During Sunday's event, Lenore carried a walking stick inscribed with over 120 names of those who could not attend but who contributed $1,040 to Project Live through Lenore.

            Any penny, any thoughtful gesture, any kind word might make a difference before another leaves his/her life path and can't find a way back.

            Like Jamie Boyle, former Upper Perk baseball player, an accomplished union roofer given "preferred" status by his bosses in a prestigious firm.

            Many other families and friends were also on hand Sunday with pictures and messages and mementos to honor those lost. Project Live set up a Memorial Table and held a moment of silence before the race to recognize the tragedy of lives cut short and to assure survivors that they have not been forgotten.

            "It was a real feel-good morning," said Winnie Houk, who lost her son Joe three years ago.  "Not knowing what to expect, we found ourselves caught up in the fellowship of the runners and walkers and truly enjoyed the social aspect of the event."

            The Houk family and friends named their team "No Prob Llamas", a reference to a family joke about Joe's desire to own a llama.

            "Participating today gave us the opportunity to think of Joe and share stories," said Winnie, who teaches at a recovery high school, Kolbe Academy.  "As a dear friend said during the event, 'Joe is walking with us.'"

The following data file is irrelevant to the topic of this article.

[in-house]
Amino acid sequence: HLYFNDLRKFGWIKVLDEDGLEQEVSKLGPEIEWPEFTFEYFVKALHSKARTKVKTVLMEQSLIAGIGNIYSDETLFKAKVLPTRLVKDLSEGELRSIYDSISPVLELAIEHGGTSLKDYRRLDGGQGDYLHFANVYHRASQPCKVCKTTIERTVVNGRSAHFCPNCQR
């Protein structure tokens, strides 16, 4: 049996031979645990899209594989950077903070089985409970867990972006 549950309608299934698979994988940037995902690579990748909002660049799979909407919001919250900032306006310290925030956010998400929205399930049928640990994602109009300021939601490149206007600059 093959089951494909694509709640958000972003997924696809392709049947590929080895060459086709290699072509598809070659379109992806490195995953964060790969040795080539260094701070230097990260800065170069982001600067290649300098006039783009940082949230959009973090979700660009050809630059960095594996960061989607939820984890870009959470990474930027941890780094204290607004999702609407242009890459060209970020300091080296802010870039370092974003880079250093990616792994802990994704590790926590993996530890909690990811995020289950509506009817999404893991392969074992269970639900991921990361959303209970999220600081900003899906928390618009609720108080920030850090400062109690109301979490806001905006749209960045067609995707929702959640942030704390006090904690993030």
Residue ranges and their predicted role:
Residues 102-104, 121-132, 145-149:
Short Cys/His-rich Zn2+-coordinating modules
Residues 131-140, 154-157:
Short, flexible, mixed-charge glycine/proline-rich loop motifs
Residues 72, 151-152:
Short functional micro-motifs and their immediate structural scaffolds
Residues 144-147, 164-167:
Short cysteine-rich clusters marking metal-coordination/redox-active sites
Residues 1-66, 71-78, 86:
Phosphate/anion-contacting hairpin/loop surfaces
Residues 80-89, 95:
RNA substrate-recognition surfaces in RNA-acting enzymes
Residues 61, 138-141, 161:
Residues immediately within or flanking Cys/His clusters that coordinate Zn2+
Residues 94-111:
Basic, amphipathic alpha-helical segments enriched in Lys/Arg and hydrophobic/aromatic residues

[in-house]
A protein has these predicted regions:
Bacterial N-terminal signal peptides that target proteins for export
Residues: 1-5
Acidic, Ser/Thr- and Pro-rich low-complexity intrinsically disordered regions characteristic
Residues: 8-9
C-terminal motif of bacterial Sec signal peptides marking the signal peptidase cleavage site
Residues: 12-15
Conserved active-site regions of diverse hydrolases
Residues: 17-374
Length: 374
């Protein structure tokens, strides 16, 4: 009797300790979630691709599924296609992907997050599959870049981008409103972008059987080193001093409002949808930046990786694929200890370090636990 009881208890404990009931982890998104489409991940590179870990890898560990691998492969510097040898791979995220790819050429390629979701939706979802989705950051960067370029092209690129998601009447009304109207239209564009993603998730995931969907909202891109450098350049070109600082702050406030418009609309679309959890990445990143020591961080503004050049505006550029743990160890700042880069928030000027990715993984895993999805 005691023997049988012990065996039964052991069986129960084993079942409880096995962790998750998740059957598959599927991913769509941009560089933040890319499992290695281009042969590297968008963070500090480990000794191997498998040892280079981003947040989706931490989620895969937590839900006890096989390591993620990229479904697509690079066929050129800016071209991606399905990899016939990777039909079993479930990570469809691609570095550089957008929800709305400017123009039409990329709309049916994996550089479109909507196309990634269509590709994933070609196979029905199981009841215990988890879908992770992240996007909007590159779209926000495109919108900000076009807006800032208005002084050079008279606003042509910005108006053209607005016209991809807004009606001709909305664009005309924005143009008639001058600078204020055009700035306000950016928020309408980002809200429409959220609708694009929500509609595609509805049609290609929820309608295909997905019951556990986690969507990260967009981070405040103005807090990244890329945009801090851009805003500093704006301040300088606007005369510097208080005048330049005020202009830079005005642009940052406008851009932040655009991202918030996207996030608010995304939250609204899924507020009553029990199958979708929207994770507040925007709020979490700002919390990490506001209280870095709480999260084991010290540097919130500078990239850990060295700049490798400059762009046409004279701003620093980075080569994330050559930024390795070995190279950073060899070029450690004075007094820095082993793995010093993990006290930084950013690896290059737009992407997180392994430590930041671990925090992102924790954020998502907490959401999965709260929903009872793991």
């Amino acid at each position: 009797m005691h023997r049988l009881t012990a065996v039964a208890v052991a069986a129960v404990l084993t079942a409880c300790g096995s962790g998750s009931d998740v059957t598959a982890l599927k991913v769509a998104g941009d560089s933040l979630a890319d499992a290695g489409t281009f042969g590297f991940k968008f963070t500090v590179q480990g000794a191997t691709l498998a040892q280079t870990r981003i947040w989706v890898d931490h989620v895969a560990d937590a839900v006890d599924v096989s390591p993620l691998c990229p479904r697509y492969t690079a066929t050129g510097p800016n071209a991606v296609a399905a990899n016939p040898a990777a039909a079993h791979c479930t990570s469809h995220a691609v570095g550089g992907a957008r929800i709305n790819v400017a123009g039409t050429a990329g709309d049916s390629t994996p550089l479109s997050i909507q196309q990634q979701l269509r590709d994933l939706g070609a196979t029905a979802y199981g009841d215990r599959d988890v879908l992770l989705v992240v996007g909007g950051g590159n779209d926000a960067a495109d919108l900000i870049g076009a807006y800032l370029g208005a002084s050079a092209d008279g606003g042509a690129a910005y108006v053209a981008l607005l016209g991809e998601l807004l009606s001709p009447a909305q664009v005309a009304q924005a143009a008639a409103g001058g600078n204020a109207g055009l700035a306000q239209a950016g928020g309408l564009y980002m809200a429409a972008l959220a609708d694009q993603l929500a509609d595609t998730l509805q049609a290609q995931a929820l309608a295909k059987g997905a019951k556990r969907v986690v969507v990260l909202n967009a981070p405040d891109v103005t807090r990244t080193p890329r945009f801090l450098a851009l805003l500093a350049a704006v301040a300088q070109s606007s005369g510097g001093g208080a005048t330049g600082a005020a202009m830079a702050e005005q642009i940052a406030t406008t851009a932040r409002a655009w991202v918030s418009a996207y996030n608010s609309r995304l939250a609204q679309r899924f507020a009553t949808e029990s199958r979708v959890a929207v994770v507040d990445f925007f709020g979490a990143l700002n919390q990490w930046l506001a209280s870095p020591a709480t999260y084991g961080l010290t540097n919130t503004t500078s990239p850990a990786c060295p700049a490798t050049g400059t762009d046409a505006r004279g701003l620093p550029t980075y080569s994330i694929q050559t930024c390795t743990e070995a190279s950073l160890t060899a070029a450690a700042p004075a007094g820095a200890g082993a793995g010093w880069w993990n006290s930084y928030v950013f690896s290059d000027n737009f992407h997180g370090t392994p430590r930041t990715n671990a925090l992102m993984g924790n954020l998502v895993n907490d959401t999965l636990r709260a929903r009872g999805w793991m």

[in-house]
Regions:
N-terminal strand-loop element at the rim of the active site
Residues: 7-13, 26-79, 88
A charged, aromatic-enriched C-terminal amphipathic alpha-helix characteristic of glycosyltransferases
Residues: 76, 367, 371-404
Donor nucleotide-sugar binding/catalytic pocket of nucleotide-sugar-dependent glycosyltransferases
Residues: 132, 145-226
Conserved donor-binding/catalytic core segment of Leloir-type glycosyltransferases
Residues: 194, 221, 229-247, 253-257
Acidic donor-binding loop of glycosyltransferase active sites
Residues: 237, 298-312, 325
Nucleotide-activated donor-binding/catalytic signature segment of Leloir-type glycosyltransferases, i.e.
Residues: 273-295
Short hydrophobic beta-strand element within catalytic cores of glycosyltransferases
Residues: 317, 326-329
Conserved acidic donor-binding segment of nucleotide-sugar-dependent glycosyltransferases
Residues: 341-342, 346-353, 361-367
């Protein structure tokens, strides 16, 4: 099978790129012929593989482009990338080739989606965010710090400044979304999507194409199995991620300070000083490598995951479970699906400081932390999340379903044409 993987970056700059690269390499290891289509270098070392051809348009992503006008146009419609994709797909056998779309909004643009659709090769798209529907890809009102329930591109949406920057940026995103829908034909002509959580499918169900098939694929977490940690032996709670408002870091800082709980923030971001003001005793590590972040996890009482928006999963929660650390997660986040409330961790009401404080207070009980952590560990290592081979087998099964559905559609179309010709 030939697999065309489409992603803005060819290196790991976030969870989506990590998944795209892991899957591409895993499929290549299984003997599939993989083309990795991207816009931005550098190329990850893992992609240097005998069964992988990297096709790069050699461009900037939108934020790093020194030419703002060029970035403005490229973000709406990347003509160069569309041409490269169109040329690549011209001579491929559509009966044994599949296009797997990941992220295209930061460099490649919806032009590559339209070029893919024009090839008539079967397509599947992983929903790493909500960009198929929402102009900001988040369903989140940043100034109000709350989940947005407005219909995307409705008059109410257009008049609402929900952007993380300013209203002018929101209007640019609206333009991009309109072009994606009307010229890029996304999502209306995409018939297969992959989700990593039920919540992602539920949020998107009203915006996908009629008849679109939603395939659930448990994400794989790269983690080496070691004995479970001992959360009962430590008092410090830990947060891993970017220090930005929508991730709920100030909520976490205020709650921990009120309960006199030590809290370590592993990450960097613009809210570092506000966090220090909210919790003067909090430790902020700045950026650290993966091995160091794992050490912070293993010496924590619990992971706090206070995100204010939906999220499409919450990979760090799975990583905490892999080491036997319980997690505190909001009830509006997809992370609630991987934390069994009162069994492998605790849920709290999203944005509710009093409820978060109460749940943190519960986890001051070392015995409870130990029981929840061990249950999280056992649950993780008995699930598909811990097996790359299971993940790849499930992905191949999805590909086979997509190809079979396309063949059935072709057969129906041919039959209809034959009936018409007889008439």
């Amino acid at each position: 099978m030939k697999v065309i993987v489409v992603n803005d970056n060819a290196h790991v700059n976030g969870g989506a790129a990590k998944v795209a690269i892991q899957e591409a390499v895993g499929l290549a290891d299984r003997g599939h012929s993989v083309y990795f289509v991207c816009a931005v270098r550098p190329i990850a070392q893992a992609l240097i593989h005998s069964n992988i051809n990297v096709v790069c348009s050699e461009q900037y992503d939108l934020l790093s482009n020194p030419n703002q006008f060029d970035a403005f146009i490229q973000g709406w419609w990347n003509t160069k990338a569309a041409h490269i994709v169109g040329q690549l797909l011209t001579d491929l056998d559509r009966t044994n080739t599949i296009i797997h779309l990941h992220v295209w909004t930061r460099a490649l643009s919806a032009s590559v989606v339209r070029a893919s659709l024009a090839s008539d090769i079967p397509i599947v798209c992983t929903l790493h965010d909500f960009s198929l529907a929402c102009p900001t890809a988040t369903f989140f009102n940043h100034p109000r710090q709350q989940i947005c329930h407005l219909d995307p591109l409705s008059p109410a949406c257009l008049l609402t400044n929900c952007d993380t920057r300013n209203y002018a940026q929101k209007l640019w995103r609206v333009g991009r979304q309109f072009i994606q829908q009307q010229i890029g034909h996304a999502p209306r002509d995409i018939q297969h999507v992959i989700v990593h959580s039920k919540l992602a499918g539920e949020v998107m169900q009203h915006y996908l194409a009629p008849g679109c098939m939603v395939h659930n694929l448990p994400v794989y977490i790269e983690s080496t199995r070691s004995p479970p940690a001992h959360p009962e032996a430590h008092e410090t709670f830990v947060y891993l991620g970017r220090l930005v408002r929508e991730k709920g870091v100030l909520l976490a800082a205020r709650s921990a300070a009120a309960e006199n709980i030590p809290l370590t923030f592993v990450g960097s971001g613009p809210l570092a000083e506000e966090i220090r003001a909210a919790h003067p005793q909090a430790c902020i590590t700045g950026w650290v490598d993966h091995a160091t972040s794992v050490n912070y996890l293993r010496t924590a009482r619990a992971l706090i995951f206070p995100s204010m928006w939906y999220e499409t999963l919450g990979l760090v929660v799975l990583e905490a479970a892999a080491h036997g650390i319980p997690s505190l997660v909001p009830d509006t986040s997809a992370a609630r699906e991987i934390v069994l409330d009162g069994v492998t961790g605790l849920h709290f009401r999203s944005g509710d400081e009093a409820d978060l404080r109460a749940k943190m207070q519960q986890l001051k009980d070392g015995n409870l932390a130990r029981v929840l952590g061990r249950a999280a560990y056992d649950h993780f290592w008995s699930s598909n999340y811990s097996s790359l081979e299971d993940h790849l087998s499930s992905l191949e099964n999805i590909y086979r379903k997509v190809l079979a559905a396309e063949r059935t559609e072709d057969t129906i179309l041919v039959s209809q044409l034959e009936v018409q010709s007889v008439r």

For those who are still in the "race", there is no finish line anymore. There is no cure to reach out for, only the daily struggle of recovery, but it is possible to travel across level ground and even coast down slopes for long periods of time.

            With help.

            "By sharing with others in similar situations, it provides learning opportunities, peaceful respites and needed connections to make healthy choices for body and soul," Winnie Houk noted.

            The event on Sunday was a major fundraiser for Project Live ( as it continues to expand its reach and presence in the Upper Perk community. Funds from the race/walk, which attracted around 160 runners and brought in over $11,000 from donors, like the Town and Country, Grand Theater and Stauffer Glove and Safety, will also go to Valley first responders, many of whom were in attendance at the race.

            Area police departments have demonstrated time and time again that they are interested in working with Project Live to get victims help for their problems rather than to punish them.

            As for the race itself, Zionsville's William Daub (20:58) was the top finisher in the 5K, while 12-year-old Morgan Sweed (25:53) of Pennsburg was the first female. In the five-mile, Dan Gerry (33:12) of Harleysville finished first overall and Telford's Karalyn Schmidt (36:26) was the top female finisher.

            Everyone won something on Sunday, even it was just the chance to fondly remember a loved one, like a Jamie Boyle or a Joe Houk.

            "I knew [Jamie] had an addiction when I first met him," related Brenna Krieble. "I didn't think that it was going to take over his life. I knew he was a very strong-willed person. He loved his family. He loved his mom. And all he ever wanted to do in life was help.

            " Addiction takes a part of you."